John Moore/Getty Images

Dispatch

Strangers in the Homeland

Thousands of displaced eastern Ukrainians have headed to the western city of Lviv, where a spirit of generosity could give way to dangerous ethnic tensions.

LVIV, Ukraine — Every morning, "Oleg from Donetsk" -- as he introduces himself on the phone -- turns on the TV and flicks through the channels nervously, taking in the news from eastern Ukraine. Now and then, the middle-aged man pauses to take in the view from the guesthouse window, which looks onto an imposing 17th-century church. "I've never been to Lviv during the summer, only at Christmas," he says in Russian.  "It's rather nice here."

In Lviv, on Ukraine's western edge, near the border with Poland, displaced people from the Donbass region in the east and the southern peninsula of Crimea seem to be around every corner. They are staying in hotels and private apartments and in tourist chalets and sanatoria in the nearby Carpathian Mountains. Some have quickly made their mark on the local landscape: In a courtyard just off Lviv's main square, a restaurant founded by a family of Crimean Tatars who arrived recently from Feodosia, on the Black Sea coast, is busy serving up traditional Crimean meat dishes, dumplings, and baklava.

"During over 20 years of independence, we didn't imagine that we would suddenly have new neighbors who speak Russian and don't understand the Galician dialect," a TV presenter in Lviv said, introducing a report on the refugees. In Lviv, which has a reputation as a stronghold of Ukrainian national identity, the arrival of Russian-speaking skhidnyaky (from skhid, Ukrainian for "east") is having social repercussions disproportionate to the actual number of people arriving. With men from western Ukraine fighting and dying in the east in the battle against Russian-backed separatist rebels, some locals resent their presence. At the same time, some activists working with refugees in Lviv argue that the recent arrivals are helping to dismantle Ukrainians' stereotypes about each other.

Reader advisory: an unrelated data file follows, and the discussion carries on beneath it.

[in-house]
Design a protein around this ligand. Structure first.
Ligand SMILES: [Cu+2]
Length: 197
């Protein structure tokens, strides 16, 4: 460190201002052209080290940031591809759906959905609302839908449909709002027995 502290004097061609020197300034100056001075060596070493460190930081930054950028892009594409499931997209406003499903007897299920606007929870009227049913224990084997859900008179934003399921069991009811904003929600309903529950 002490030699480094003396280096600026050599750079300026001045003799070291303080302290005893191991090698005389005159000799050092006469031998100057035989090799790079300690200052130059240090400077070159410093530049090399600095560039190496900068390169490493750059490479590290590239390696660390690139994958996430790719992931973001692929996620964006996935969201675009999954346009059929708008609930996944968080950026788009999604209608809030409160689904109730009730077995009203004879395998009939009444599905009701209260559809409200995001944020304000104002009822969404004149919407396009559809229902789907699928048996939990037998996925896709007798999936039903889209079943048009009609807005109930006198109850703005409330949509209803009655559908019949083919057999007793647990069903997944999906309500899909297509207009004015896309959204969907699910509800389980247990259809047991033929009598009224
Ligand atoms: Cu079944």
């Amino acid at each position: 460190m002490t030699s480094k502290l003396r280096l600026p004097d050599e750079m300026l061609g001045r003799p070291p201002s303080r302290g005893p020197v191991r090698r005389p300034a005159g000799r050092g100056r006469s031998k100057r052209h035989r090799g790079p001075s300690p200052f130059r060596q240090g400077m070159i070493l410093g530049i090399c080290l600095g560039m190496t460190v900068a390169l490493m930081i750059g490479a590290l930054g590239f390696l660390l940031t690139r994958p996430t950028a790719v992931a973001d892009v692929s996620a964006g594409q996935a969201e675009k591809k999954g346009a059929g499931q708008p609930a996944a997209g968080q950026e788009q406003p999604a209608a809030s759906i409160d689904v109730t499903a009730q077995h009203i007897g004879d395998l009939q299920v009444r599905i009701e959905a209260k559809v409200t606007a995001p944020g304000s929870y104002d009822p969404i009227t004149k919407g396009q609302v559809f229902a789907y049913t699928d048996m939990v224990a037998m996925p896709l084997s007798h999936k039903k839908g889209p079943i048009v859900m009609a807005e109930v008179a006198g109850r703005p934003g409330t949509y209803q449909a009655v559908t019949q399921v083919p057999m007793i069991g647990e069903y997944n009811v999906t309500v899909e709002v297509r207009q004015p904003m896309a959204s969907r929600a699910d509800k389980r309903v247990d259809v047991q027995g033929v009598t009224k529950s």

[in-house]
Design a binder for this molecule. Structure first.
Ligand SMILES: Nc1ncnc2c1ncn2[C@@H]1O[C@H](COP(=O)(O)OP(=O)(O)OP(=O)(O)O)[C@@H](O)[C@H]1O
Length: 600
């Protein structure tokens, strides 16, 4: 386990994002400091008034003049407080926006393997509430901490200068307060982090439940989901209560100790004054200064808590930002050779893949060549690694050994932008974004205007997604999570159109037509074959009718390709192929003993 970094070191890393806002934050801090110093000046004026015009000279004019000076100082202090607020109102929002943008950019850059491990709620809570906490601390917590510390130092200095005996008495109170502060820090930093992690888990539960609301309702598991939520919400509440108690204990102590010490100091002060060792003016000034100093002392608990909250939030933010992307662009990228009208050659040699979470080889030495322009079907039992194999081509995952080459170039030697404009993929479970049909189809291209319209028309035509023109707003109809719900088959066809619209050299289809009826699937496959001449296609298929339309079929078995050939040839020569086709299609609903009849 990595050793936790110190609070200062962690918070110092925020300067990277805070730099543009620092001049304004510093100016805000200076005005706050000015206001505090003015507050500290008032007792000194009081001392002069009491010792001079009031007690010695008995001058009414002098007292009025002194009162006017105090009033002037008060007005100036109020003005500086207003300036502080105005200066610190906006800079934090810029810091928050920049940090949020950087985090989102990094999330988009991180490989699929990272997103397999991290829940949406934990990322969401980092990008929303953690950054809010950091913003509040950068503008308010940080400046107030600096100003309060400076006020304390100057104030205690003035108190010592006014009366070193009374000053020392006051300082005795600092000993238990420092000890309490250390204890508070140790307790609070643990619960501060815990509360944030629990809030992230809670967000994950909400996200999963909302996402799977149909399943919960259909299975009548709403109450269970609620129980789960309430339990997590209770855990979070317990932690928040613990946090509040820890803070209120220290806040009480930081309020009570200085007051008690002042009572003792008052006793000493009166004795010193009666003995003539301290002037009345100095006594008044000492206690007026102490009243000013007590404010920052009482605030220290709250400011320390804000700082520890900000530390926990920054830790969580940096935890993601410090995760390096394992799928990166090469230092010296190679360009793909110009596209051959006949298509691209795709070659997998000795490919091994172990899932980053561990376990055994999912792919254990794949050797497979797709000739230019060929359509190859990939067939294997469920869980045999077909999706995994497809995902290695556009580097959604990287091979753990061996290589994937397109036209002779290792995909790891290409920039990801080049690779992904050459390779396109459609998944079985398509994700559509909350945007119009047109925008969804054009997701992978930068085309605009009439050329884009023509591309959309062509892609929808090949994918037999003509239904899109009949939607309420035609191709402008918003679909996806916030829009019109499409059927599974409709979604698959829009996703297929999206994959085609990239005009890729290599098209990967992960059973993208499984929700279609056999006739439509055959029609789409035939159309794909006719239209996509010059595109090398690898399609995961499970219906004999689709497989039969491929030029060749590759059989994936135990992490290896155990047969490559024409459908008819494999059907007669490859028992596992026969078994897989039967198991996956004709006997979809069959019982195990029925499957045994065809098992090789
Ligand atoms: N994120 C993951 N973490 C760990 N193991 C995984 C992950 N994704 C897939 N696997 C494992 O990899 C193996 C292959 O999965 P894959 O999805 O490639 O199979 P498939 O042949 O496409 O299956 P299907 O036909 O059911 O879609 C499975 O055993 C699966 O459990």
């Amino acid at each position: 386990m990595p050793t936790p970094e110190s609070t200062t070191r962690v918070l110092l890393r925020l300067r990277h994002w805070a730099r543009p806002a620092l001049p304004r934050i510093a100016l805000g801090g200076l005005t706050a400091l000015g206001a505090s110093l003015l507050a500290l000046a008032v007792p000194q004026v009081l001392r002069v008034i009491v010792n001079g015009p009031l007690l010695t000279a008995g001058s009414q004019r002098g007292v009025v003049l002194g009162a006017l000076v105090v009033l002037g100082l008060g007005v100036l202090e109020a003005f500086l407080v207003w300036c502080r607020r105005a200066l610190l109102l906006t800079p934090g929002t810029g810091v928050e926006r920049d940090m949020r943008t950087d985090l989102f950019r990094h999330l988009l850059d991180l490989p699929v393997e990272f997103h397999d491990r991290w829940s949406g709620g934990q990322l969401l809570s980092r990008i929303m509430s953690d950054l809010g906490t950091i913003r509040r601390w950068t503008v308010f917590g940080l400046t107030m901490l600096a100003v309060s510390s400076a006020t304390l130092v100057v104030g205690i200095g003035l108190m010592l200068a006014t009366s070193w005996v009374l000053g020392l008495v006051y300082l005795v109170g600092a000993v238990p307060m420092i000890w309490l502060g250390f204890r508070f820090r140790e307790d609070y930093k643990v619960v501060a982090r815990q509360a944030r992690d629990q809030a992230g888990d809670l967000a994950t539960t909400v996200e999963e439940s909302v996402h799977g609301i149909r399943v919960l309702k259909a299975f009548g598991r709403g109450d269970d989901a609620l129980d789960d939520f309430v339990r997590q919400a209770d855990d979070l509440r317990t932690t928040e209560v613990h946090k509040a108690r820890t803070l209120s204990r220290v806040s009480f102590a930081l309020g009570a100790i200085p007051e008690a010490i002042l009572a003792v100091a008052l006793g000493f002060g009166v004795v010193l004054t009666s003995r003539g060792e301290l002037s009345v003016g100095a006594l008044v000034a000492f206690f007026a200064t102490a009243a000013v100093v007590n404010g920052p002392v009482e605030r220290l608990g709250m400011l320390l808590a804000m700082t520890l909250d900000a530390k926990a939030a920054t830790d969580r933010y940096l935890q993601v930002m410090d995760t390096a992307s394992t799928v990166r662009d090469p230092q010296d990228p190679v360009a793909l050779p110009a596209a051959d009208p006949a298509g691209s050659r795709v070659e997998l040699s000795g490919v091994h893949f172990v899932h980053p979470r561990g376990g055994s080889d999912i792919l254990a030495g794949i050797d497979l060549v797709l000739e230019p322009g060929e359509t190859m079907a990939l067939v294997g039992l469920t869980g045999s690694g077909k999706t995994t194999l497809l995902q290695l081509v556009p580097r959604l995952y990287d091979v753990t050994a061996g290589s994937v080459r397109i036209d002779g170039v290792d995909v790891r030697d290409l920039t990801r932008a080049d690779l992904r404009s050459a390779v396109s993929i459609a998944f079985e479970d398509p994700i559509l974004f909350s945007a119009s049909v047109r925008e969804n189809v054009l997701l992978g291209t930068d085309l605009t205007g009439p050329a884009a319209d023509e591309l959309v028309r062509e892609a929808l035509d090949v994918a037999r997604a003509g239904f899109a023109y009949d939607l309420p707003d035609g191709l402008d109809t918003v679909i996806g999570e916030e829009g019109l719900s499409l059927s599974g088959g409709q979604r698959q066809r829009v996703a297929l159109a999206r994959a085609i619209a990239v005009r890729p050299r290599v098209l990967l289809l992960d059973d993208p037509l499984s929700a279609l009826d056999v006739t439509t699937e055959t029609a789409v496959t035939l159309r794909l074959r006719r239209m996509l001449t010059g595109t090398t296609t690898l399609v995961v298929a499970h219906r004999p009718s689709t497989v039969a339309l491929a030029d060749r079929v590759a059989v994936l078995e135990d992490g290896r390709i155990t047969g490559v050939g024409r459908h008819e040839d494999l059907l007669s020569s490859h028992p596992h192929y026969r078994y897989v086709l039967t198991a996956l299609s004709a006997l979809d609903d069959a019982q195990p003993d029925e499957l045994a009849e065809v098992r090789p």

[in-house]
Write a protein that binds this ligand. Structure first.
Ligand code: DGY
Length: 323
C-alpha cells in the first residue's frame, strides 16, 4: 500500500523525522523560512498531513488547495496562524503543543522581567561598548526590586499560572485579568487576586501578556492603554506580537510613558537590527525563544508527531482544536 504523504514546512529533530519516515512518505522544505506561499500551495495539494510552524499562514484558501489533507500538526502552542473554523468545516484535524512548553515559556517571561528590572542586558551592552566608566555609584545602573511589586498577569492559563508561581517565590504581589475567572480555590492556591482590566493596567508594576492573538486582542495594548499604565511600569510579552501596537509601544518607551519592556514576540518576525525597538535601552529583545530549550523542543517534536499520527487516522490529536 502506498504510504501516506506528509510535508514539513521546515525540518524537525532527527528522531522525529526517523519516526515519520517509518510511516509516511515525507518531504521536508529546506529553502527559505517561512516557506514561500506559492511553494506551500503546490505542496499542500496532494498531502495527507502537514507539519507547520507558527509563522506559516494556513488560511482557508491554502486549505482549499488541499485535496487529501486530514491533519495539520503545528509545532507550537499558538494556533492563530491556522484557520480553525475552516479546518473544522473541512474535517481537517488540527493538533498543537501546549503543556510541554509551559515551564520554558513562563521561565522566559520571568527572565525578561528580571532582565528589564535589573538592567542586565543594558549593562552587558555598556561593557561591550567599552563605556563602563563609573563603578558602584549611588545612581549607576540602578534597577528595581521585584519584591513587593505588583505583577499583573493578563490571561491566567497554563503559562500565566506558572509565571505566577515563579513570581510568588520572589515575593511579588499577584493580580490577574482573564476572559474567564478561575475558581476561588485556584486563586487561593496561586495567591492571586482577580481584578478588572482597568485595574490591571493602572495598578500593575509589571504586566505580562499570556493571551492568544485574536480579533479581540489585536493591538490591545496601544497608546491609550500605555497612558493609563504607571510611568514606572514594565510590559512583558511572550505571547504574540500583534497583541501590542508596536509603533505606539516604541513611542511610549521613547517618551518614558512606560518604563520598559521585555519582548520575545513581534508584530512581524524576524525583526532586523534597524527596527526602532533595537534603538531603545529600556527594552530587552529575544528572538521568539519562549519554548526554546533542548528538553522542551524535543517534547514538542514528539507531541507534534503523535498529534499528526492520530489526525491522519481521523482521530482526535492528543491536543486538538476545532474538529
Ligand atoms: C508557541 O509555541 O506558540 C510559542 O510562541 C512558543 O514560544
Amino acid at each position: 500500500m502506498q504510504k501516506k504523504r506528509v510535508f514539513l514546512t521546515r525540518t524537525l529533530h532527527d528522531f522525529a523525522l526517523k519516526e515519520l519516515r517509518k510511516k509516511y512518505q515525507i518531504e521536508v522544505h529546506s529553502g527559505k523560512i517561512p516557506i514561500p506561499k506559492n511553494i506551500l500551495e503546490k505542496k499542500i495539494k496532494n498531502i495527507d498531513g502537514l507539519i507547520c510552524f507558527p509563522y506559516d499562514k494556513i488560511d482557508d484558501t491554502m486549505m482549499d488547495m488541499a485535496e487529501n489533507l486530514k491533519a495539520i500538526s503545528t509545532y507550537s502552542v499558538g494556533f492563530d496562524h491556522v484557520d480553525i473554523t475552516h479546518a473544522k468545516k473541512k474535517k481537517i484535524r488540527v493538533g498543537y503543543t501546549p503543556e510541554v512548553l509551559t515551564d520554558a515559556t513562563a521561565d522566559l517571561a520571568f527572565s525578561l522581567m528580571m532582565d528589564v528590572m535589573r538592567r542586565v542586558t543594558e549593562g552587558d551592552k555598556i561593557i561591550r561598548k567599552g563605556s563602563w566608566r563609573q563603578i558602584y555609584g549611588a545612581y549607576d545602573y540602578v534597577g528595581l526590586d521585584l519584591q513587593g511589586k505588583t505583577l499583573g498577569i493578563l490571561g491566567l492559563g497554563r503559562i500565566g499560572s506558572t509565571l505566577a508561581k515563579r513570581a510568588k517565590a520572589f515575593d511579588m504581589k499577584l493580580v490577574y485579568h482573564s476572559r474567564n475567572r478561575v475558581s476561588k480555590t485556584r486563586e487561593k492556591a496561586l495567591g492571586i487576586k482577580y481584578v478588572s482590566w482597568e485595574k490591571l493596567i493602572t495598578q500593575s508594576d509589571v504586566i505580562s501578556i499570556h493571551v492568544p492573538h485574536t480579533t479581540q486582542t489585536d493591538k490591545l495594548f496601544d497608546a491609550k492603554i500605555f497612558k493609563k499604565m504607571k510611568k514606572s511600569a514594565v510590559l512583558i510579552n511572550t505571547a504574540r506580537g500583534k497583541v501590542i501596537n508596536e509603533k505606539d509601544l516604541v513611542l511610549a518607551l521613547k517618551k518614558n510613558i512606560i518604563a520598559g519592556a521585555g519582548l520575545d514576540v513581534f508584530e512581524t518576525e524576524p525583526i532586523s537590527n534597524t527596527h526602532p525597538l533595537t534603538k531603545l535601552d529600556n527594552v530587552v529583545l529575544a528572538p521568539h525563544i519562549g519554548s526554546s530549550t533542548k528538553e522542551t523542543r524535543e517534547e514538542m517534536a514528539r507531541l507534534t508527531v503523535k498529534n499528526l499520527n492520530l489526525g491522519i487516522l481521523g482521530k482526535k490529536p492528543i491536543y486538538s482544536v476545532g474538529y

The conflict in the east has pushed the number of internally displaced persons (IDPs) in Ukraine to 117,000, according to estimates by the Office of the U.N. High Commissioner for Refugees (UNHCR). On Aug. 18, a convoy carrying refugees was hit by rocket fire near the eastern city of Luhansk, killing 17.

From the way they are discussed on television and social media, it would seem that Lviv is flooded with IDPs. But with around 1,800 people having arrived from the Donbass region and another 2,000 from Crimea, Lviv is far behind Kharkiv (which is now home to an additional 28,000 IDPs from the east) and Kiev (which has taken in roughly 10,000), though it stands out from other regions in Ukraine's west. It is also the only region where there are more refugees from Crimea than the east. According to Lviv's local authorities, around a third of the IDPs from the east are men of working age -- and therefore potential soldiers.

Lviv isn't an obvious place for Russian-speakers to call home, even temporarily. Decades of Soviet (and now Russian) propaganda have presented western Ukraine as a hotbed of fascism, inhabited by "Banderites," a reference to Stepan Bandera, a Ukrainian nationalist leader from World War II.